Juvenile Justice Reform Initiatives in the States

Youth and Guns

Youth in America today have access to, are using, and are being victimized by firearms more than ever before. According to a recent report on juvenile justice legislative initiatives conducted by NCSL, deaths caused by juveniles using guns increased fourfold during the 10 years between 1984 and 1994. In addition, the heightened accessibility of large-caliber guns has increased the likelihood of a victim of an assault being seriously injured or killed as a result of a gunshot wound.160 While a broader debate over gun control is being waged in this country, discussion concerning juveniles and firearms has centered upon handguns and the need to enact greater limitations on juveniles' ownership, possession, and use of these weapons.

States have responded to this heightened accessibility by maintaining and strengthening current laws restricting the possession, licensing, storage, and transfer of guns to juveniles and by enacting tough new laws for youth who bring guns to school. Many States also have enacted laws that allow for prosecution in adult criminal court for those juvenile offenders who allegedly perpetrate certain violent crimes with the use of a firearm.

Possession, Licensing, and Transfer of Firearms

State laws typically restrict a juvenile's possession of various firearms based on the age of the juvenile, the activity for which the gun is issued, and the juvenile's previous adjudication as delinquent, if applicable. A survey of State laws enacted through the 1994 legislative sessions found that 18 States restrict possession of handguns by youth under the age of 18. Another 14 States prohibit the possession of all firearms by persons under age 18, with various exceptions, including involvement in authorized recreational or educational activities or participation in firearm safety courses.161 In 1994, the State of Maine enacted a law that allows youth more than 10 years of age to possess firearms when hunting if they are accompanied by a parent or another adult approved by a parent or guardian.162

Adjudicated delinquents are prevented from possessing firearms in 22 States, with restrictions usually placed on those youth who were adjudicated delinquent for acts that would be considered felonious offenses if they had been committed by an adult. Other States prohibit possession of a firearm for a specific period of time (usually 10 years) after an offender's adjudication or release from juvenile detention, while other possession restrictions remain in place until the Governor or a court orders the restoration of the right to possess a firearm.163 Still other measures, including 1994 enactments in Arizona and Delaware, provide an enhanced penalty for juveniles previously adjudicated delinquent if they are found in possession of a firearm.164

Restricting licensing and imposing liability for the transfer -- by sale, gift, or loan -- of a firearm to a youth are other tactics States have used to keep firearms out of the hands of children. At least 35 States regulate the age at which a person may obtain a license to carry certain types of firearms, while 43 prohibit the transfer of firearms to minors, with specific exceptions. Many of these latter States' laws allow for enhanced penalties when an individual is found guilty of more than one transfer offense.165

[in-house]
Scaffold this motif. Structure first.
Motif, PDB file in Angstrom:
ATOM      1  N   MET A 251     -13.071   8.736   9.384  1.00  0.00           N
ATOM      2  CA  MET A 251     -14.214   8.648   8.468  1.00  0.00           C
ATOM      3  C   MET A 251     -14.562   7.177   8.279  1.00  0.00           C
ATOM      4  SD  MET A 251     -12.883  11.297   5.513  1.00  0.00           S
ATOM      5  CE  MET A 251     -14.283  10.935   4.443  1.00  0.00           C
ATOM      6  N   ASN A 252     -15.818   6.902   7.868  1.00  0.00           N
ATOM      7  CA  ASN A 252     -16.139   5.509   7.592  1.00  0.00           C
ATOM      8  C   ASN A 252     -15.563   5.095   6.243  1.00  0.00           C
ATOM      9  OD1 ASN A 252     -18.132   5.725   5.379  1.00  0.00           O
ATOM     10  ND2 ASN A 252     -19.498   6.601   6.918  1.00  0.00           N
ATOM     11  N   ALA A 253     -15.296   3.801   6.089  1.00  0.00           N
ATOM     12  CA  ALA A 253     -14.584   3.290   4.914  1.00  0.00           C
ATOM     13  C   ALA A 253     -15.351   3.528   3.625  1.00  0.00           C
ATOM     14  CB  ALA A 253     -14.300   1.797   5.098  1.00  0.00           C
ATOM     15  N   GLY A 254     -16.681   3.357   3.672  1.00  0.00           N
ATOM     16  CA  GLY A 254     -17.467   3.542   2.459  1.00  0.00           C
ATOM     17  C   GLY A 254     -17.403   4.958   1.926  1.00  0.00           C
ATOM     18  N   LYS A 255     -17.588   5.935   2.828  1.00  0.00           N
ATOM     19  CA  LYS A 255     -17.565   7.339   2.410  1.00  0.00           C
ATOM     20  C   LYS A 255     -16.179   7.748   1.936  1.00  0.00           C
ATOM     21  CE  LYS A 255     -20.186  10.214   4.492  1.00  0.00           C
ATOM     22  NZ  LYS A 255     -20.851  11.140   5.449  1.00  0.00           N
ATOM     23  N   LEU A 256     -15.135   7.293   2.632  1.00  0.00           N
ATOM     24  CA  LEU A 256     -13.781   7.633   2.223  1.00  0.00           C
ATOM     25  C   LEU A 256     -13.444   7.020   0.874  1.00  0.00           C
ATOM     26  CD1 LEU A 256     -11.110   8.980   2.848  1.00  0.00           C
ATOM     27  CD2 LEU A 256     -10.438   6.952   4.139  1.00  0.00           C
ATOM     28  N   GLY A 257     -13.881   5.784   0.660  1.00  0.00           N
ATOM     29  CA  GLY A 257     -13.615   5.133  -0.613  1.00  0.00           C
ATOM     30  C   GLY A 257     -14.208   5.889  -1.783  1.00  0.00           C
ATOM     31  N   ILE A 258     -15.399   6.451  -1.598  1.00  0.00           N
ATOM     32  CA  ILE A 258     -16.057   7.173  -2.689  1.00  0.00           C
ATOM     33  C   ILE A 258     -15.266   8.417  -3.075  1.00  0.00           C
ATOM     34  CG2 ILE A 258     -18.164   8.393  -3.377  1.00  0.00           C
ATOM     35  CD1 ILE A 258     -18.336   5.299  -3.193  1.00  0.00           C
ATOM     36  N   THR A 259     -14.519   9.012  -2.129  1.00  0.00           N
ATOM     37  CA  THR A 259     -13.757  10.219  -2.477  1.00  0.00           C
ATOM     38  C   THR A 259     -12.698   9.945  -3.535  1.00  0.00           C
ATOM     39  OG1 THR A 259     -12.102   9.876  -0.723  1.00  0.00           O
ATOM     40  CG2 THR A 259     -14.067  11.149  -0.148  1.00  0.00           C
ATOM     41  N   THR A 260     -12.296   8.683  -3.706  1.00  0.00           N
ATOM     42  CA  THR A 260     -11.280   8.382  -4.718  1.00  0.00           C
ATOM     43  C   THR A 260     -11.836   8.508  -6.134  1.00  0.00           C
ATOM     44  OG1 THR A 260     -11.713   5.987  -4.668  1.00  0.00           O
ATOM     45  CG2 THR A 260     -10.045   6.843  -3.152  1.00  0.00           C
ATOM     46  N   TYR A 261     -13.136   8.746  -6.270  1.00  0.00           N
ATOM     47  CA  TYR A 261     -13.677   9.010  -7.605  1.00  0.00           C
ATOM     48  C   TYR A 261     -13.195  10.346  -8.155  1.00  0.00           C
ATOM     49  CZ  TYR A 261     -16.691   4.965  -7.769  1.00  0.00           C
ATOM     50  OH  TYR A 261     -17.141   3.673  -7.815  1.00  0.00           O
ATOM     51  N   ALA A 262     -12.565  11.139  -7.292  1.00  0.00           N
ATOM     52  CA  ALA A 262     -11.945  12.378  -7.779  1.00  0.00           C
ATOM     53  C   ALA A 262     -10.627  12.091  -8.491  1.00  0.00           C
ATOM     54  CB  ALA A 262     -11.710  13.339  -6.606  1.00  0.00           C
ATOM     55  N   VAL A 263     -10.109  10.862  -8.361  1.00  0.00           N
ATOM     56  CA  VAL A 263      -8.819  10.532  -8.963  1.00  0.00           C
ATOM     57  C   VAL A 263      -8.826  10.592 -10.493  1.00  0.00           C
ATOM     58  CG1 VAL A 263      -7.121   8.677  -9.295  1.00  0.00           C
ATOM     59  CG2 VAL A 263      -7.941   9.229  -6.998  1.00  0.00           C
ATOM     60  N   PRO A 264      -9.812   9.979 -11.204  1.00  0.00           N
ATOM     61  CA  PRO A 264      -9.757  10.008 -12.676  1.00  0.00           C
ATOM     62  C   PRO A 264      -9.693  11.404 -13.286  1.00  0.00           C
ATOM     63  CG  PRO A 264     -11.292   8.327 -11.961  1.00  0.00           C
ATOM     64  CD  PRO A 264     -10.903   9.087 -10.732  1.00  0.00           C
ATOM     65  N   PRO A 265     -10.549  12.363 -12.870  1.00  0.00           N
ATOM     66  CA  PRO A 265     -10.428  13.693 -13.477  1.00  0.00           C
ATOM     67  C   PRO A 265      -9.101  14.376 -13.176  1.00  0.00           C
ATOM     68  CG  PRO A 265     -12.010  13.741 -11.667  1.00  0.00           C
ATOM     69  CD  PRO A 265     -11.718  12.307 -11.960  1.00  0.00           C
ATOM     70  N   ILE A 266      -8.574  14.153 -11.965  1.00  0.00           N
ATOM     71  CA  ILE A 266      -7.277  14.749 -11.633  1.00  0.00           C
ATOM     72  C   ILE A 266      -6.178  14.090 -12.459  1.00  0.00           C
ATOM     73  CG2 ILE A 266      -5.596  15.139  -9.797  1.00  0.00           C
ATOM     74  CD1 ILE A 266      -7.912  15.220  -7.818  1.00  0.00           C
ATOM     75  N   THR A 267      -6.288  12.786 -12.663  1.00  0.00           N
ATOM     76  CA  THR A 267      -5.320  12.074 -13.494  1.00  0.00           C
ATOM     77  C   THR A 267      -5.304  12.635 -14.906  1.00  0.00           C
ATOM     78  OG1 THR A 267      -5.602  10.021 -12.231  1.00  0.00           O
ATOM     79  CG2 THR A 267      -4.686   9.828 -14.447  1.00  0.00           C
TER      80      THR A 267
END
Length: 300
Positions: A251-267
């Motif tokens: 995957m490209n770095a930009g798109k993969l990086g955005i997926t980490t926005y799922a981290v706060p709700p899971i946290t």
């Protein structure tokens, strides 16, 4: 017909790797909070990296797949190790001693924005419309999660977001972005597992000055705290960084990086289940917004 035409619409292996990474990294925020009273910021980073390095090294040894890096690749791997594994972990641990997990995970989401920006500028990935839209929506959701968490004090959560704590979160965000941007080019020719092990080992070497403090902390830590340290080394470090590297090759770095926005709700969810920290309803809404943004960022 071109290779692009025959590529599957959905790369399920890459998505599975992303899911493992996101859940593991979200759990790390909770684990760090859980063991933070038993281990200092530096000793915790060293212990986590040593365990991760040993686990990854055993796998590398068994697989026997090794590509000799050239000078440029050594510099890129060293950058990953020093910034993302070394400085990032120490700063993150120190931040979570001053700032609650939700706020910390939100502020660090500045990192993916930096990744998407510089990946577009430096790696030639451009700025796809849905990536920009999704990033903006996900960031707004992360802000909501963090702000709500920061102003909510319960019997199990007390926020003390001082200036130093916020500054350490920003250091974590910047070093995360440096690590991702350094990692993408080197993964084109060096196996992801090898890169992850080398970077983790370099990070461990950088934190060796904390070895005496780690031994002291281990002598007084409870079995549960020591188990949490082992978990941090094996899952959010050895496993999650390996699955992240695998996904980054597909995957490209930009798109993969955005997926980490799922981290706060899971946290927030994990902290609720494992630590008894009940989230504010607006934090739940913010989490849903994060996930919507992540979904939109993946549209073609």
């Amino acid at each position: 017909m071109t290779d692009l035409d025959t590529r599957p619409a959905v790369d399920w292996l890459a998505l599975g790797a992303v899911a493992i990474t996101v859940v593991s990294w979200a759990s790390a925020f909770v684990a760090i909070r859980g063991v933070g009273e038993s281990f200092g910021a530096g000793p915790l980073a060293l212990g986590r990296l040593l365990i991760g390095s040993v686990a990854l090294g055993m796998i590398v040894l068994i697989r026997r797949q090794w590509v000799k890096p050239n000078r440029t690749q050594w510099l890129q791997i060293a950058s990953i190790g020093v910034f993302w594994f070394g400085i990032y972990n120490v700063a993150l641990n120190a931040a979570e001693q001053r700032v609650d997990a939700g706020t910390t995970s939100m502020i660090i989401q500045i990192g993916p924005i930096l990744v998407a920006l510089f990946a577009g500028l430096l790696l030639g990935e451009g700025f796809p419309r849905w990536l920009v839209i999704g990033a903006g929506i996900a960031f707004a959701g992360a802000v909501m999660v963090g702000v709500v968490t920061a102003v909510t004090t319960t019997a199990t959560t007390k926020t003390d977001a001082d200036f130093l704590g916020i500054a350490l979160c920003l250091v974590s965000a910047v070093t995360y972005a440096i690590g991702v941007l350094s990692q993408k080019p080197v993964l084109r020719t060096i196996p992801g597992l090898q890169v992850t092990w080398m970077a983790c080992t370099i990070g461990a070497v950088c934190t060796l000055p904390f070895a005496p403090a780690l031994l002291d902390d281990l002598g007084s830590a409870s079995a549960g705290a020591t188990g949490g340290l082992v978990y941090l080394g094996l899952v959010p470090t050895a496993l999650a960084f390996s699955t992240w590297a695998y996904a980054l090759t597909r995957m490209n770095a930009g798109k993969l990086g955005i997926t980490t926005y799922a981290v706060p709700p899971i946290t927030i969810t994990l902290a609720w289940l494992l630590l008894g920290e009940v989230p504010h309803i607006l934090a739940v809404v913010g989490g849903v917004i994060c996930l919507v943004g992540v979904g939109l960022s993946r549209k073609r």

Some States have taken action to hold parents liable when youth gain access to a family firearm. These types of "safe storage" or "child access prevention" laws have been enacted with increasing frequency in recent State legislative sessions in an effort to promote accountability when family firearms are not stored securely. According to a legislative analysis compiled by Handgun Control, Inc., 13 States in 1995Arizona, Georgia, Hawaii, Indiana, Missouri, New Hampshire, New Mexico, Pennsylvania, Rhode Island, Tennessee, Texas, Utah, and Washington -- had enacted legislation of this sort.166

Gun-Free Schools and Transfer Provisions

The creation of "gun-free schools" and "safety zones" are yet other ways States have, in recent years, protected children, teachers, and school staff from gun violence on school grounds. Statistics compiled by the National Center for Education in Maternal and Child Health indicate that gun violence on school grounds has become increasingly prevalent and disruptive. Examples of these statistics include:

bullet The number of guns confiscated in California public schools doubled from 1985 to 1988. High schools experienced the greatest increase in the number of confiscations, but more guns were found at all grade levels, including elementary school.
bullet In a national survey conducted in the late 1980's, one of every thirty-six 10th-grade boys said they had carried a handgun to school in the past year. One in every one hundred boys brought that gun to school every day. In one U.S. city, one out of every fifteen 11th-grade boys had carried a handgun to school at some point.
bullet In a survey of 10 high schools in four States, 15 percent of inner-city high school students said they were scared at school almost all the time.167